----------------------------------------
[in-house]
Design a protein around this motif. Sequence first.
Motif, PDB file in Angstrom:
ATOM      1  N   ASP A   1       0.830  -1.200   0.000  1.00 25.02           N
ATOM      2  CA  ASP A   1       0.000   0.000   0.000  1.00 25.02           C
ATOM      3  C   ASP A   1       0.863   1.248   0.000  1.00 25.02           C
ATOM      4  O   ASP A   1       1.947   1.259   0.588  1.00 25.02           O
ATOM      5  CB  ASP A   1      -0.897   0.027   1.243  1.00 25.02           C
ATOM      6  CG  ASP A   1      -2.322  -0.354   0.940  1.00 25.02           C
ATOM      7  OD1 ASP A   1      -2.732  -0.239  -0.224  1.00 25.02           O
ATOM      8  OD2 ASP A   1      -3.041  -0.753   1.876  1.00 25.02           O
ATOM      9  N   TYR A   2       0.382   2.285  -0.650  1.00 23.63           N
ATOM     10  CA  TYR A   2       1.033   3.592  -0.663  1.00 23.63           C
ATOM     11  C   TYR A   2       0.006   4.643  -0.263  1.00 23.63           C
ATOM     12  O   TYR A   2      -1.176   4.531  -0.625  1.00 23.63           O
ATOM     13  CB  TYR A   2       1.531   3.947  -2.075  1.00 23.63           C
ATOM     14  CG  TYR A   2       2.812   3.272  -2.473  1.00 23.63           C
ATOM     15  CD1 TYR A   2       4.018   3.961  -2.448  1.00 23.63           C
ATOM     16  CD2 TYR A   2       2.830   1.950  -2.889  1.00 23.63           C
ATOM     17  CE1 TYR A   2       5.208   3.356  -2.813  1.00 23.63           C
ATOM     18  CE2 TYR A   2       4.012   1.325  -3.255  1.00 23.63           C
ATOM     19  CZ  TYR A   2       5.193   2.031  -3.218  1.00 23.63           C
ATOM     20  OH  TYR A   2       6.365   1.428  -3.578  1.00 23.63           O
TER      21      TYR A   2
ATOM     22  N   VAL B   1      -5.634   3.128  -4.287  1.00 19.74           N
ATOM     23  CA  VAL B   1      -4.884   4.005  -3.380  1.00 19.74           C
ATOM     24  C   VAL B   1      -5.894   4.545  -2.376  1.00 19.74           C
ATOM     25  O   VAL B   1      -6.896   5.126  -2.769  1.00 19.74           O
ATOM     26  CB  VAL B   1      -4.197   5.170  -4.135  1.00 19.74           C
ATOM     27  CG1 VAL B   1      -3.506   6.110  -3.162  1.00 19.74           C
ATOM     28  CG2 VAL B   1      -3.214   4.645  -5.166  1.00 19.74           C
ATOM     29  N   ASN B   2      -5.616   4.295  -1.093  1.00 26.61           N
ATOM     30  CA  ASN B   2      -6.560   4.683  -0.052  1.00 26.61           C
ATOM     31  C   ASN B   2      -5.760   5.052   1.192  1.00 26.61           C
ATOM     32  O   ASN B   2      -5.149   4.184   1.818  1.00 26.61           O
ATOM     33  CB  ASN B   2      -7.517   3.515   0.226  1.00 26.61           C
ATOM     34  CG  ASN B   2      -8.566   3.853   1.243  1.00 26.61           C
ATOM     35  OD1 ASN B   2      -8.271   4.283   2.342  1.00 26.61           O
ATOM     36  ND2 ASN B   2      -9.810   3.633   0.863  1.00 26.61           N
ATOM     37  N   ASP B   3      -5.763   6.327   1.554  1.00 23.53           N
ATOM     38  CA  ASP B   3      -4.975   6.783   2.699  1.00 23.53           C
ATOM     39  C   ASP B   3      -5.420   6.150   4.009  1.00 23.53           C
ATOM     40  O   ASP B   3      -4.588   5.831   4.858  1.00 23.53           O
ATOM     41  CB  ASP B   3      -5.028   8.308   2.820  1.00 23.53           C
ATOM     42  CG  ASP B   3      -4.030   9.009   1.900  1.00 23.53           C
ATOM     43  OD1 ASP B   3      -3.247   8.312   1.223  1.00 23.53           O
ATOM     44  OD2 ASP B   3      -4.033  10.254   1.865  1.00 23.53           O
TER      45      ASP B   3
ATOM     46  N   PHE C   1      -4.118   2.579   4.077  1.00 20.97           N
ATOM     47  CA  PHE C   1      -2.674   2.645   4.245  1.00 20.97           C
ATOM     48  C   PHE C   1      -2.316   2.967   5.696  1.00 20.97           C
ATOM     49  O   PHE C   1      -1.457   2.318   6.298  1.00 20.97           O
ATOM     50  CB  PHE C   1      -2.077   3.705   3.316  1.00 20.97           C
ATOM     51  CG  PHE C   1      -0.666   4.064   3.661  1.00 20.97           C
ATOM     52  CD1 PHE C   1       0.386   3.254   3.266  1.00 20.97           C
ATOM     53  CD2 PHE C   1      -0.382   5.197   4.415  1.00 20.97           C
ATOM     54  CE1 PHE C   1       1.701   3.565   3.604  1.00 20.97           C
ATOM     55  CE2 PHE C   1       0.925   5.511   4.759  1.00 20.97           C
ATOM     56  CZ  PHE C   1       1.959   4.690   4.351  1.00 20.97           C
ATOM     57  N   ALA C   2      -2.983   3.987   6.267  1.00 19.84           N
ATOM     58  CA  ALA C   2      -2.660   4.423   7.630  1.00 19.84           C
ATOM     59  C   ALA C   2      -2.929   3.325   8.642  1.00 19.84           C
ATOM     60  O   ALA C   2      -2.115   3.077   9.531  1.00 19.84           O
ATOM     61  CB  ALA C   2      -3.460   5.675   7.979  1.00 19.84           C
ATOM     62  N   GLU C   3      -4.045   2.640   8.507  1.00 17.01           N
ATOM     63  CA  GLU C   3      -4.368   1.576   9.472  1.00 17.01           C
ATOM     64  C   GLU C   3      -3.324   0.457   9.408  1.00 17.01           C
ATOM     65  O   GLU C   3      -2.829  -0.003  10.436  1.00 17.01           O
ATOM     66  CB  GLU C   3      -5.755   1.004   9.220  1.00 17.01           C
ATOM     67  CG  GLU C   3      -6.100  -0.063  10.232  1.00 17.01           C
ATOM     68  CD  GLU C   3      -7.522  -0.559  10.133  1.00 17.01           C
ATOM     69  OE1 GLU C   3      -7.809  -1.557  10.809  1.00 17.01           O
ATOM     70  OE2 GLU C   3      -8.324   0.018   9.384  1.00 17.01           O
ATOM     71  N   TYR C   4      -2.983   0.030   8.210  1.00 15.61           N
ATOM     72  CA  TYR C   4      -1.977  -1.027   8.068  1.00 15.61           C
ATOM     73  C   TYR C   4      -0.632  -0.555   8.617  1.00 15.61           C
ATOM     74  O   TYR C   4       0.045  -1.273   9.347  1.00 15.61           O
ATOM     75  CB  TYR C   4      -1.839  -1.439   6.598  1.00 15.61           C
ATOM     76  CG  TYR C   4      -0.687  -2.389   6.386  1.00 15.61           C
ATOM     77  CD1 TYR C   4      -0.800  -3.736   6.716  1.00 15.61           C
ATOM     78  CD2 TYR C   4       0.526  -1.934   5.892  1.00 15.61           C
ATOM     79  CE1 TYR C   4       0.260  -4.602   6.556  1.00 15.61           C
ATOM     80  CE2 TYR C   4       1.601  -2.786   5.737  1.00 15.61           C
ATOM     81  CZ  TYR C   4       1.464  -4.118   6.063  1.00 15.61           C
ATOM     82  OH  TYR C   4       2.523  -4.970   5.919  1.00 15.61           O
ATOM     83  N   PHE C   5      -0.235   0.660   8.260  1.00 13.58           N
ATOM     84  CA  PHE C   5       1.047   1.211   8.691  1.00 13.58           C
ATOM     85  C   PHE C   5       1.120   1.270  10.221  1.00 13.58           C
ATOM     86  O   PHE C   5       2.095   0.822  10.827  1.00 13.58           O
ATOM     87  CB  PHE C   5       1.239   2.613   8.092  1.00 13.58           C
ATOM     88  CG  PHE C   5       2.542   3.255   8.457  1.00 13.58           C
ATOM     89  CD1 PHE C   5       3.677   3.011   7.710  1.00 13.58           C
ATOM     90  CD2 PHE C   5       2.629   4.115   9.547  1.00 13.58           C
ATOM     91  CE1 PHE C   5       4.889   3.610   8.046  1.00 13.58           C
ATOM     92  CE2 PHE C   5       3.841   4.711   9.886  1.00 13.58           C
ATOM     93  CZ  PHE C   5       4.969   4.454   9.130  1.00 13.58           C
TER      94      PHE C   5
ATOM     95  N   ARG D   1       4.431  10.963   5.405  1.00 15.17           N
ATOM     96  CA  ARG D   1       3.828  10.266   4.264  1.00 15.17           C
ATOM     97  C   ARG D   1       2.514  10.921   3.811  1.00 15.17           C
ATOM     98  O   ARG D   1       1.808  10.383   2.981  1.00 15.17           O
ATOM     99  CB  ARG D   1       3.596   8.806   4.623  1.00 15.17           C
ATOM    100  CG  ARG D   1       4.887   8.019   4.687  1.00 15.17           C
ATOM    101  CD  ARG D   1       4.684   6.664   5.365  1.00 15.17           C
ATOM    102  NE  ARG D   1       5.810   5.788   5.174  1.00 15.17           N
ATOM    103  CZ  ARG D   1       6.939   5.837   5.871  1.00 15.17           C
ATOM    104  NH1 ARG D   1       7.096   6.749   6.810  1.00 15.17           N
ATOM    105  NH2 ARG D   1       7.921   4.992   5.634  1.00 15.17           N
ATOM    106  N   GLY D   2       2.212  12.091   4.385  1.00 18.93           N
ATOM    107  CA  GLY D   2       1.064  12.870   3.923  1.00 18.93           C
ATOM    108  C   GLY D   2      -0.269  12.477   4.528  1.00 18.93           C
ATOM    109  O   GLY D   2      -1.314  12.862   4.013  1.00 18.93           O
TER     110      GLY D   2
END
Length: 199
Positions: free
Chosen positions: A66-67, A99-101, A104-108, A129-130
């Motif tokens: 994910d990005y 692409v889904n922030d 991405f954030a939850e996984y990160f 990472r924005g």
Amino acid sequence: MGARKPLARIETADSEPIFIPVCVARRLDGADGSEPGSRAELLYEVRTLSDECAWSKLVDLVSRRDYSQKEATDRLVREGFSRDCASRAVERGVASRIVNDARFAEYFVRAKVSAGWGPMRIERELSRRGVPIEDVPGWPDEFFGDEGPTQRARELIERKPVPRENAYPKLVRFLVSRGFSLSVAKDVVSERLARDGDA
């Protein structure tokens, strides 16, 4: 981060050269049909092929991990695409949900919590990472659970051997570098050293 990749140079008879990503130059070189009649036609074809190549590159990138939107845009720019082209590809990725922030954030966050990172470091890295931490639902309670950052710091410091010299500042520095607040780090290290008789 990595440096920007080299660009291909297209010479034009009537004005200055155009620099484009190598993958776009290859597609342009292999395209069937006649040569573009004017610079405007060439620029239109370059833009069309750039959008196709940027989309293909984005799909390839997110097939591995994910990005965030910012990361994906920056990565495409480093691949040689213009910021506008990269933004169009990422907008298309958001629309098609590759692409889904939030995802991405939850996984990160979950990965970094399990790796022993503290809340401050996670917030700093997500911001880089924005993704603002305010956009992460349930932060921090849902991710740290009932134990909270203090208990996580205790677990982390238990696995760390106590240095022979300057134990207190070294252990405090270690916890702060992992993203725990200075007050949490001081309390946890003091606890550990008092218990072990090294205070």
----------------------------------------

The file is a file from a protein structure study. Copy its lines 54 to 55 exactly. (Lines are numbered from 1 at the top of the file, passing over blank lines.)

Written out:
ATOM     51  CG  PHE C   1      -0.666   4.064   3.661  1.00 20.97           C
ATOM     52  CD1 PHE C   1       0.386   3.254   3.266  1.00 20.97           C